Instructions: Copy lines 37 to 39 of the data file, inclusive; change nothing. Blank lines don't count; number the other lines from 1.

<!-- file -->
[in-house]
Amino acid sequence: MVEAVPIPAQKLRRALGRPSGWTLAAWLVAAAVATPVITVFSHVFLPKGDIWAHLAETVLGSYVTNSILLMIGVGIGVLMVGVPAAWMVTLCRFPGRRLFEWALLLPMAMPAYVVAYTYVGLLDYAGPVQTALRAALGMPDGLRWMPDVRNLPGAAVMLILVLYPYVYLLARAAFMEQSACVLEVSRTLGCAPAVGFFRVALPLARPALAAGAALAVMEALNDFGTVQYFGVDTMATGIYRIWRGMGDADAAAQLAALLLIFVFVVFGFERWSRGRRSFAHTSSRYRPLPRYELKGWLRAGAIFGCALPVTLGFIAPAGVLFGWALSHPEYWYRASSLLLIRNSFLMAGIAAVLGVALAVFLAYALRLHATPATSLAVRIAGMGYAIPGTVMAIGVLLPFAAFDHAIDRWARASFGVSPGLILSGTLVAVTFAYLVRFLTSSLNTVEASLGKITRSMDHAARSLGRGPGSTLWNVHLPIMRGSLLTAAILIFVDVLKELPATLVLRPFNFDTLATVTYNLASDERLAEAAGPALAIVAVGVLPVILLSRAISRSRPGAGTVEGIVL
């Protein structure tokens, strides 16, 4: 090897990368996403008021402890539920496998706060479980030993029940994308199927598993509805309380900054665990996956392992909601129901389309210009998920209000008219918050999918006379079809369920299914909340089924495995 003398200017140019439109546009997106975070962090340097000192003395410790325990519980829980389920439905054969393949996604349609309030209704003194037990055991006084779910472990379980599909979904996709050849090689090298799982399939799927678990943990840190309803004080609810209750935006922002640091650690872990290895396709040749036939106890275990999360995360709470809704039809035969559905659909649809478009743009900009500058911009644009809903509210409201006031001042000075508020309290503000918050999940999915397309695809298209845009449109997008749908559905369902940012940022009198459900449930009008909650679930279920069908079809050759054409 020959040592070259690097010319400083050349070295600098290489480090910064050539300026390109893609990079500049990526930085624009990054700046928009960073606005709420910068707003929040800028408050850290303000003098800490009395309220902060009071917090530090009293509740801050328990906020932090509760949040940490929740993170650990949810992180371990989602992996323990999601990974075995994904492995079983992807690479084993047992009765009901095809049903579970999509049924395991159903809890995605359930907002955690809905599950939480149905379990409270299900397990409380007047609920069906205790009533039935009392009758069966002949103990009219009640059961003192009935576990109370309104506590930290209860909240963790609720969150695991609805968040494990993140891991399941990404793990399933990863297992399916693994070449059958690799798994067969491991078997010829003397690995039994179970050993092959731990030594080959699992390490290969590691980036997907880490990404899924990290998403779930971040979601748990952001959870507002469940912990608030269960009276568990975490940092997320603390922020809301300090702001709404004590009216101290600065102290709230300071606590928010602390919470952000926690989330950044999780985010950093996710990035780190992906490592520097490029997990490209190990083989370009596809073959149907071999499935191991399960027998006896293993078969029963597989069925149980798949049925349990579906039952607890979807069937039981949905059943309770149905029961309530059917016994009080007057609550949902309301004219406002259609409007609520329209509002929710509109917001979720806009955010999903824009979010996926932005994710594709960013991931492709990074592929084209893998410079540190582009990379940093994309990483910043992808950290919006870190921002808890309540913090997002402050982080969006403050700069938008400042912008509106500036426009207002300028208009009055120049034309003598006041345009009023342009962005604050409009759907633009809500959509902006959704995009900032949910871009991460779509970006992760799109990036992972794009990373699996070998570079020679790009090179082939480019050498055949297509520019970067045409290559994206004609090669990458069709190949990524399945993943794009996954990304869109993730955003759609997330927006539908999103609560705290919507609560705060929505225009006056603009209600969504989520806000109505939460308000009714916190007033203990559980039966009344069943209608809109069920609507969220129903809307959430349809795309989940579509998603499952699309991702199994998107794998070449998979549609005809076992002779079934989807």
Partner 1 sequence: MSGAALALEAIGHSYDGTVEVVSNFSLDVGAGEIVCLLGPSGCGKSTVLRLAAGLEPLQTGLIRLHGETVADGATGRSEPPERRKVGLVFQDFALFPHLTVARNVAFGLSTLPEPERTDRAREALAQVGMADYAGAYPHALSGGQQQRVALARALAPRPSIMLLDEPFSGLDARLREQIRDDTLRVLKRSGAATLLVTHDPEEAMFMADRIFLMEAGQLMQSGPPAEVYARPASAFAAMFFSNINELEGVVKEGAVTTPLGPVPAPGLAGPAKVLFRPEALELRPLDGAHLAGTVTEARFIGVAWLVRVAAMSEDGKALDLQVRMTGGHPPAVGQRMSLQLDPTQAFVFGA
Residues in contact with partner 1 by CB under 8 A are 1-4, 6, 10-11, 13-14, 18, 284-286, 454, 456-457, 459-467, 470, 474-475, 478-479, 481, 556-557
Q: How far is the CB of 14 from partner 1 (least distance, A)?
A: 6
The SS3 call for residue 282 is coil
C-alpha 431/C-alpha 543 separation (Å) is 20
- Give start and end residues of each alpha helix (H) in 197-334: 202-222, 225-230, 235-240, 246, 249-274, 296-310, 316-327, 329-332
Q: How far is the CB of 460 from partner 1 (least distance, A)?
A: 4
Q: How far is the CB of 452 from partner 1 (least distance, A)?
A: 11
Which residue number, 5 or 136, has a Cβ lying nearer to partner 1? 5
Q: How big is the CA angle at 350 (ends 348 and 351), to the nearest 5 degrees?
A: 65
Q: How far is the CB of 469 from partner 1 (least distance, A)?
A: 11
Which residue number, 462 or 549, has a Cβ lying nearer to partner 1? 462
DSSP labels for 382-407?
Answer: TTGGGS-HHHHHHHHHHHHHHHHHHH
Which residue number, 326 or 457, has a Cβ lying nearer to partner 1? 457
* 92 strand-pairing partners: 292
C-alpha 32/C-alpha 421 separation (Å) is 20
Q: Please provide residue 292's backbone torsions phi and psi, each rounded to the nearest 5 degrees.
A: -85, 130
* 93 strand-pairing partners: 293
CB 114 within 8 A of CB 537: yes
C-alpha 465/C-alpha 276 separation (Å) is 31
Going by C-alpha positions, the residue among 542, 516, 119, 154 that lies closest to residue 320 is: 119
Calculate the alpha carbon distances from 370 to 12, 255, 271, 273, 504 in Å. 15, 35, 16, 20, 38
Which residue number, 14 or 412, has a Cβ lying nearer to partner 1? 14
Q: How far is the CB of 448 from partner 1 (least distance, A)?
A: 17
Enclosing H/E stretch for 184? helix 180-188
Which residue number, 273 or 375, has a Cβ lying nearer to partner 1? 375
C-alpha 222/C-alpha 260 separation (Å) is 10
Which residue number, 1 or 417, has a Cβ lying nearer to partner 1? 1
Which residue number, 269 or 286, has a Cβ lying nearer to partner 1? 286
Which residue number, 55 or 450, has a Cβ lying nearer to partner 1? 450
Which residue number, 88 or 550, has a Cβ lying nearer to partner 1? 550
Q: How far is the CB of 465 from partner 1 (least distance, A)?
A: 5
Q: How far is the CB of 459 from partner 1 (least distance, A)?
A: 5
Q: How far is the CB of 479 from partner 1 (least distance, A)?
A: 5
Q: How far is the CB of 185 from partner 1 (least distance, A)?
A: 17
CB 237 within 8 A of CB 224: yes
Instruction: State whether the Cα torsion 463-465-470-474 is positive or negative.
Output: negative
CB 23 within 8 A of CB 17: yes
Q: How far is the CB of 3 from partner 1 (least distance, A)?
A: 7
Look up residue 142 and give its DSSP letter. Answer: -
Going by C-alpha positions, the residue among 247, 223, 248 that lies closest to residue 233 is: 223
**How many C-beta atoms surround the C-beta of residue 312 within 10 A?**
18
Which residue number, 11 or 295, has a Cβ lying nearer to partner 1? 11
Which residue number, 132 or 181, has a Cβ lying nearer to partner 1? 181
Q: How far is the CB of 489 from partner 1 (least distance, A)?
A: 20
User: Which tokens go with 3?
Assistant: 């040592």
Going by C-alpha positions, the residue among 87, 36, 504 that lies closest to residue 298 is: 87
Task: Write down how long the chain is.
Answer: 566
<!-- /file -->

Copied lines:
Which residue number, 273 or 375, has a Cβ lying nearer to partner 1? 375
C-alpha 222/C-alpha 260 separation (Å) is 10
Which residue number, 1 or 417, has a Cβ lying nearer to partner 1? 1